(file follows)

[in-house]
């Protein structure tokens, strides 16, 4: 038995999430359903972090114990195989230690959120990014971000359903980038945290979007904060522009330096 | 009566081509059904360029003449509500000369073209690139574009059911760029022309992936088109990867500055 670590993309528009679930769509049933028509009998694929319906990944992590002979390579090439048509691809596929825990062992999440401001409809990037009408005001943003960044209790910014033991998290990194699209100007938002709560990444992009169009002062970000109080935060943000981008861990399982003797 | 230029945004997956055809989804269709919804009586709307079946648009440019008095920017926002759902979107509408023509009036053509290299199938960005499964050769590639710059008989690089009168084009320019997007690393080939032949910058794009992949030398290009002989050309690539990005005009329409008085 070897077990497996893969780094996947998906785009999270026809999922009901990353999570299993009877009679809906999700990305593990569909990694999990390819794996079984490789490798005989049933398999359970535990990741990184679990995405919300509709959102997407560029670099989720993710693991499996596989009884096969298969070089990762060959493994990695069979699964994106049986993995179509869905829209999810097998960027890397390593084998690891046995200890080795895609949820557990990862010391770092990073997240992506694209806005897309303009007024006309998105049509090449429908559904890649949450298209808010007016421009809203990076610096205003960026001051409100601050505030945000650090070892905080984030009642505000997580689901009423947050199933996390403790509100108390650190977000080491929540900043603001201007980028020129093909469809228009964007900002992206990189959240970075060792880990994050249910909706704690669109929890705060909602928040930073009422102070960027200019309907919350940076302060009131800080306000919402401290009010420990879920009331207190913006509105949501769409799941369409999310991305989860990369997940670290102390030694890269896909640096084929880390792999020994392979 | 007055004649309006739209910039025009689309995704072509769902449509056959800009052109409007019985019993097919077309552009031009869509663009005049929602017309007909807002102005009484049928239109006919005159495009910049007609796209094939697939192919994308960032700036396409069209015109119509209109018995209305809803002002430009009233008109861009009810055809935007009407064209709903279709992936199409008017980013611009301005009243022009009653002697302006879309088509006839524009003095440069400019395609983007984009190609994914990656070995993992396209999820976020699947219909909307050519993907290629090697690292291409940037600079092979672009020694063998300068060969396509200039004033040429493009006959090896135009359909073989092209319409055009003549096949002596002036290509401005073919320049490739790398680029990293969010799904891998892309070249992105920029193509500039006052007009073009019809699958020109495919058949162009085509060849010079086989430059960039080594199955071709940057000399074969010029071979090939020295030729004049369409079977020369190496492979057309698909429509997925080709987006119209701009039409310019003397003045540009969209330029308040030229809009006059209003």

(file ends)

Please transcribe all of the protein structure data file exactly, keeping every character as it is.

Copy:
[in-house]
């Protein structure tokens, strides 16, 4: 038995999430359903972090114990195989230690959120990014971000359903980038945290979007904060522009330096 | 009566081509059904360029003449509500000369073209690139574009059911760029022309992936088109990867500055 670590993309528009679930769509049933028509009998694929319906990944992590002979390579090439048509691809596929825990062992999440401001409809990037009408005001943003960044209790910014033991998290990194699209100007938002709560990444992009169009002062970000109080935060943000981008861990399982003797 | 230029945004997956055809989804269709919804009586709307079946648009440019008095920017926002759902979107509408023509009036053509290299199938960005499964050769590639710059008989690089009168084009320019997007690393080939032949910058794009992949030398290009002989050309690539990005005009329409008085 070897077990497996893969780094996947998906785009999270026809999922009901990353999570299993009877009679809906999700990305593990569909990694999990390819794996079984490789490798005989049933398999359970535990990741990184679990995405919300509709959102997407560029670099989720993710693991499996596989009884096969298969070089990762060959493994990695069979699964994106049986993995179509869905829209999810097998960027890397390593084998690891046995200890080795895609949820557990990862010391770092990073997240992506694209806005897309303009007024006309998105049509090449429908559904890649949450298209808010007016421009809203990076610096205003960026001051409100601050505030945000650090070892905080984030009642505000997580689901009423947050199933996390403790509100108390650190977000080491929540900043603001201007980028020129093909469809228009964007900002992206990189959240970075060792880990994050249910909706704690669109929890705060909602928040930073009422102070960027200019309907919350940076302060009131800080306000919402401290009010420990879920009331207190913006509105949501769409799941369409999310991305989860990369997940670290102390030694890269896909640096084929880390792999020994392979 | 007055004649309006739209910039025009689309995704072509769902449509056959800009052109409007019985019993097919077309552009031009869509663009005049929602017309007909807002102005009484049928239109006919005159495009910049007609796209094939697939192919994308960032700036396409069209015109119509209109018995209305809803002002430009009233008109861009009810055809935007009407064209709903279709992936199409008017980013611009301005009243022009009653002697302006879309088509006839524009003095440069400019395609983007984009190609994914990656070995993992396209999820976020699947219909909307050519993907290629090697690292291409940037600079092979672009020694063998300068060969396509200039004033040429493009006959090896135009359909073989092209319409055009003549096949002596002036290509401005073919320049490739790398680029990293969010799904891998892309070249992105920029193509500039006052007009073009019809699958020109495919058949162009085509060849010079086989430059960039080594199955071709940057000399074969010029071979090939020295030729004049369409079977020369190496492979057309698909429509997925080709987006119209701009039409310019003397003045540009969209330029308040030229809009006059209003």